Agra: The National Green Tribunal (NGT) on Tuesday issued notices to the union Environment and Water Resources ministries, the Uttar Pradesh government and other agencies on a petition filed by a green activist objecting to the river front development and beautification project on the flood plains along the heritage ghats in Vrindavan.
The matter has been posted for hearing on November 17, Rahul Choudhary, advocate for the petitioner said. The notices were also sent to the Uttar Pradesh Irrigation department, state Jal Nigam, the Archaeological Survey of India, the Mathura Vrindavan Development Authority and local bodies of Mathura district.
The petition states how the agencies, instead of complying with the earlier orders of the Tribunal (of demolishing illegal structures on the flood plain), went ahead and brazenly flouted the directions.
Akash Vashisht, the petitioner, said “Vrindavan has more than 32 ghats. However most are in a dilapidated state. The UP government without mandatory permissions went ahead with executing a project for expansion, renovation and beautification of the river front, threatening heritage ghats. The work involves construction of new river front area of 2 km in length and extension of Keshi Ghat by 750 metres into the river’s flood-plains.” The Allahabad High Court already stayed the project on October 21.
Construction work on the flood-plains of Yamuna began a month ago, despite protests from activists who wanted the Uttar Pradesh government to seek NOCs from concerned departments and the National Green Tribunal. “We complained to the Archaeological Survey of India which has clear guidelines on starting construction close to heritage and protected structures. The Agra circle of ASI registered an FIR against the state government departments, but the work did not stop,” explained Shravan Kumar Singh, vice president of Braj Mandal Heritage Conservation Society.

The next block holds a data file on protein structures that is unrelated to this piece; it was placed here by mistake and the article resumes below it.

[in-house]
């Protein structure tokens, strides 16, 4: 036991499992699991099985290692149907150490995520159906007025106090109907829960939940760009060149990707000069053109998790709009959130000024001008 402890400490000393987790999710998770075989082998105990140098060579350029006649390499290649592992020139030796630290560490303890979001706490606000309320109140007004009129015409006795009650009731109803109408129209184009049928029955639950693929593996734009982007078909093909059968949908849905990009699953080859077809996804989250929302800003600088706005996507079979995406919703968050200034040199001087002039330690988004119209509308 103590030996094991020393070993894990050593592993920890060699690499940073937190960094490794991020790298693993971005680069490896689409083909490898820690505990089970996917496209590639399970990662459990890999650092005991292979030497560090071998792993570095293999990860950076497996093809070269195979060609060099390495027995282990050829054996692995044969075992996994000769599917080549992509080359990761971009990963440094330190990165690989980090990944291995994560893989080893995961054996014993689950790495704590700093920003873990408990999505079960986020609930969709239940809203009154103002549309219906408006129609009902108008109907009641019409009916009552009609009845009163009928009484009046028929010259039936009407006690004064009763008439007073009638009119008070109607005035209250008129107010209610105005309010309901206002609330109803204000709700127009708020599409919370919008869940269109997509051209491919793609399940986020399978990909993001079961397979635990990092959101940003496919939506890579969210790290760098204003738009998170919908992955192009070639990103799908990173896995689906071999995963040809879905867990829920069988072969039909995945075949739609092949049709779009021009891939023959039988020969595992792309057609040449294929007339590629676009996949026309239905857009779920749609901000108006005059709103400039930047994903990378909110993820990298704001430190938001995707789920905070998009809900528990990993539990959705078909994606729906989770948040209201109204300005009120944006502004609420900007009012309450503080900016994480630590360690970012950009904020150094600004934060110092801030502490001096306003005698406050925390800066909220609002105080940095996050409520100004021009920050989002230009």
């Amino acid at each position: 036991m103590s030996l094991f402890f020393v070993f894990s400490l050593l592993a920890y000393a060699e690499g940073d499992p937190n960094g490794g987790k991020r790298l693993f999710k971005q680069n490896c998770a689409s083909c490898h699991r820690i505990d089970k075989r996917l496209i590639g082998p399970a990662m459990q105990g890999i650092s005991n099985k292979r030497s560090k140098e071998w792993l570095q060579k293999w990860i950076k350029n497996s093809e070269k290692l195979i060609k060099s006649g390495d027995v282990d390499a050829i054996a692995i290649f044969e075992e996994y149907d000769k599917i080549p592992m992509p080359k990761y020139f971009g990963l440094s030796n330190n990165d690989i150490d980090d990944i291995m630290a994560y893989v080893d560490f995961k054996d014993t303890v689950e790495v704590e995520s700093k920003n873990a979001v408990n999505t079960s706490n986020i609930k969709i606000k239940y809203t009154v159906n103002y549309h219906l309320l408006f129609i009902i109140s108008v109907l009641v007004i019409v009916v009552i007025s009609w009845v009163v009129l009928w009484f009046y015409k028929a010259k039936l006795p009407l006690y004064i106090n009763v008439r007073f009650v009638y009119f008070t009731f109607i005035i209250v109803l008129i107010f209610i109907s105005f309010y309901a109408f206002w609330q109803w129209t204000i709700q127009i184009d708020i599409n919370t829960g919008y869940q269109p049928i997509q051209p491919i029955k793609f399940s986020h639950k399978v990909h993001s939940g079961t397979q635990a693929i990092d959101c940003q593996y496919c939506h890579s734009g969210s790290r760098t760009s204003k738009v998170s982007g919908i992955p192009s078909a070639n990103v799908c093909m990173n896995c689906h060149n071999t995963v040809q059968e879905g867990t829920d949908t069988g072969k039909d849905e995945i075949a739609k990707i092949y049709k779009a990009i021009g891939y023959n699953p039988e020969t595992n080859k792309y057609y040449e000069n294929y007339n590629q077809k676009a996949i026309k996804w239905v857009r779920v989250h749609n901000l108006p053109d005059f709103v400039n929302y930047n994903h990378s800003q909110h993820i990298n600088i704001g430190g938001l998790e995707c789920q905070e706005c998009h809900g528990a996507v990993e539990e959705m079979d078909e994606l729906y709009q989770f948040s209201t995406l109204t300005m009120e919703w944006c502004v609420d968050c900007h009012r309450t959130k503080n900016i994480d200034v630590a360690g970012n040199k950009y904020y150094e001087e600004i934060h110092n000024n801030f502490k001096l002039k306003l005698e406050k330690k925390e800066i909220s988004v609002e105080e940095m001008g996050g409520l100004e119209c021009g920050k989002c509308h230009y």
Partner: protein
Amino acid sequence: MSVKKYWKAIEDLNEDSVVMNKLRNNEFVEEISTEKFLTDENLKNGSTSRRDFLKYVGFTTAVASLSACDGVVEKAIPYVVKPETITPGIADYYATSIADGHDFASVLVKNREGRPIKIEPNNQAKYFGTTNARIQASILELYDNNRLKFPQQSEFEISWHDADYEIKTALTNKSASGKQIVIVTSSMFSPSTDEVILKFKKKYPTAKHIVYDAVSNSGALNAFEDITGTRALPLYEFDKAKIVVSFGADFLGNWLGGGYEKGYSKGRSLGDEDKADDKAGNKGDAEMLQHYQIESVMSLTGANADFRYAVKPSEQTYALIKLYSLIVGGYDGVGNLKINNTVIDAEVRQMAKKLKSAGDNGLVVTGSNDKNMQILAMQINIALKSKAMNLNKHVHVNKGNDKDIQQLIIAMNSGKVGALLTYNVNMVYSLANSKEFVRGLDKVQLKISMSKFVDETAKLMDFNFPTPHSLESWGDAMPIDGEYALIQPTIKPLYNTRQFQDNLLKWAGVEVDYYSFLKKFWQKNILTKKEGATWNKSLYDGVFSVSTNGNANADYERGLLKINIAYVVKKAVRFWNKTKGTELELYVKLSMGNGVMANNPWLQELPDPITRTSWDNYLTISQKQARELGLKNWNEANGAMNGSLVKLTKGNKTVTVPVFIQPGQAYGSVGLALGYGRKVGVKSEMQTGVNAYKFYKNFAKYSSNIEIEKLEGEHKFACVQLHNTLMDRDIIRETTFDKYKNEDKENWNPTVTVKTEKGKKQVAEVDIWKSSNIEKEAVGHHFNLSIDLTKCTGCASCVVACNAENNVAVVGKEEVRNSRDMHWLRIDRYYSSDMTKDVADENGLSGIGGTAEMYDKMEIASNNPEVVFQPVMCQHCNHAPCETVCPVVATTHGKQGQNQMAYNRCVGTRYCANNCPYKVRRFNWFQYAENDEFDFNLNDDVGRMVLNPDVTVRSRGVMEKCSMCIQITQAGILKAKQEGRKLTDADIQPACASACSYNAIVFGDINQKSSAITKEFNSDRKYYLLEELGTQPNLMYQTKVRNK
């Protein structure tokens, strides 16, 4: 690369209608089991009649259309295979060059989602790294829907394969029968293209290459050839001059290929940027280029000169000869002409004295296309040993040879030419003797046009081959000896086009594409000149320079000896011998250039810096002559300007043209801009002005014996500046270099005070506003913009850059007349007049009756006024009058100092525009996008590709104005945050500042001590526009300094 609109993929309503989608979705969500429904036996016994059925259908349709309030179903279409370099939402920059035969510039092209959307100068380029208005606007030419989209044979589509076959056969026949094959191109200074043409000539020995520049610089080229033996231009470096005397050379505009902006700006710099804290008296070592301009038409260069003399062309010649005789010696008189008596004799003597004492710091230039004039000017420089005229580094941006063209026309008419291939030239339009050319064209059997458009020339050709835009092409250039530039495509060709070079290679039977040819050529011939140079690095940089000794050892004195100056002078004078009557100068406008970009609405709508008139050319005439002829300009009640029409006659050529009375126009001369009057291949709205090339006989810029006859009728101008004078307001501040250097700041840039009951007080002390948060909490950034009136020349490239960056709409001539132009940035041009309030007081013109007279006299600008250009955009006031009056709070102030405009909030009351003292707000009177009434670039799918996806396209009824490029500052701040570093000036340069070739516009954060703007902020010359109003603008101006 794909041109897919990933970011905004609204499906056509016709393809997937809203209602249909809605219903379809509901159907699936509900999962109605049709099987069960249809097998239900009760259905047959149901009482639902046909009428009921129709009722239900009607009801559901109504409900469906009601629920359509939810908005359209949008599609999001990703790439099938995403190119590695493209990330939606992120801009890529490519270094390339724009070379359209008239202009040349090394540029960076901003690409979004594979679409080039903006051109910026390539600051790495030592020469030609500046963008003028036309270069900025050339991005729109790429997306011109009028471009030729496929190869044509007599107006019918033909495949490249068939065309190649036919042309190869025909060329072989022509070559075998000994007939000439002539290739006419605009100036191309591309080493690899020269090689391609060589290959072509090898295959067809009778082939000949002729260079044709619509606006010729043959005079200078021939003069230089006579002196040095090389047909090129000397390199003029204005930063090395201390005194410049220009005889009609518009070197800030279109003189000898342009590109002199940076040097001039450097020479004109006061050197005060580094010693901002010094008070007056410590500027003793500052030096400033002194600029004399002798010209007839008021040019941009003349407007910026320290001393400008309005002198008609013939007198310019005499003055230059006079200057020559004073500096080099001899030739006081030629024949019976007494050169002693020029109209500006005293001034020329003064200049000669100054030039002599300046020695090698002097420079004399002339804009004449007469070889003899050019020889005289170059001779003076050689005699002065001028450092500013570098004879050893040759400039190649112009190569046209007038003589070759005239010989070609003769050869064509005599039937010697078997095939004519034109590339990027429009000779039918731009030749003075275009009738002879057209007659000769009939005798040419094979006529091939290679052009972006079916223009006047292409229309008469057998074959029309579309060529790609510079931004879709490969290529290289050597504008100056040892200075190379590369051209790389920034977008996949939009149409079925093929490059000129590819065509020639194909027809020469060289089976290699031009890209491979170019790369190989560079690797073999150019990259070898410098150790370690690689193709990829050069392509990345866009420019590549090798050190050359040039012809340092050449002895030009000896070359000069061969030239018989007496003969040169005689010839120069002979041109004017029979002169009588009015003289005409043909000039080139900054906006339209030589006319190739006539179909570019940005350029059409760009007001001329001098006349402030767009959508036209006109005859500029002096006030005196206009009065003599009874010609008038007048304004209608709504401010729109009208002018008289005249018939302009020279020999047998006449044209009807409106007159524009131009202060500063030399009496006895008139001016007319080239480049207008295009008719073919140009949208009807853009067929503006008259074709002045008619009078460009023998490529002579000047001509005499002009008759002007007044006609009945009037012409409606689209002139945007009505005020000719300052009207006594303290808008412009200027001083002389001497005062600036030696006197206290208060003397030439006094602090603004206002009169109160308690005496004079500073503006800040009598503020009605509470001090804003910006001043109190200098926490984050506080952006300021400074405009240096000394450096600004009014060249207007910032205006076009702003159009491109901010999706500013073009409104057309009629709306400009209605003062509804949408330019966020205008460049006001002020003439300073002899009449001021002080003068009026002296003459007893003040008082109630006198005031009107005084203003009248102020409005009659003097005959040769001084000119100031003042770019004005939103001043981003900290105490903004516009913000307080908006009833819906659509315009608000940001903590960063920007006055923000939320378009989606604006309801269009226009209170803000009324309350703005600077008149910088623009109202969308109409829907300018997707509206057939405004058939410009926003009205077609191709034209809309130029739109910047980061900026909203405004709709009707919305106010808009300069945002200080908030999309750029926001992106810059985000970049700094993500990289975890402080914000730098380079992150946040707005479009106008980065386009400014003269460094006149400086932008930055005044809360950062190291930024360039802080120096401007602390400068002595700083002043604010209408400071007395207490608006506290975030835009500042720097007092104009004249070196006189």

“When we failed to persuade the district administration not to go ahead with the ‘suicidal’ project which was similar to the controversial Taj Heritage Corridor project which brought down the Mayawati government in 2003, a petition was filed in the Allahabad High Court by the Braj Vrindavan Heritage Alliance,” Jagan Nath Poddar, convener of the Friends of Vrindavan, said.
The petitioner, Madhu Mangal Shukla, said without clearances and arbitrarily without consulting stake holders, and holding of the mandatory Environmental Impact Assessment public hearing, the state irrigation department began dismantling the structures and laying huge pipelines for sewer and constructing a platform much like the notorious Taj Corridor.
Green activists fear that letting the project continue without environmental impact and social impact assessment will result in irreversible damage to the ecology and heritage of Vrindavan.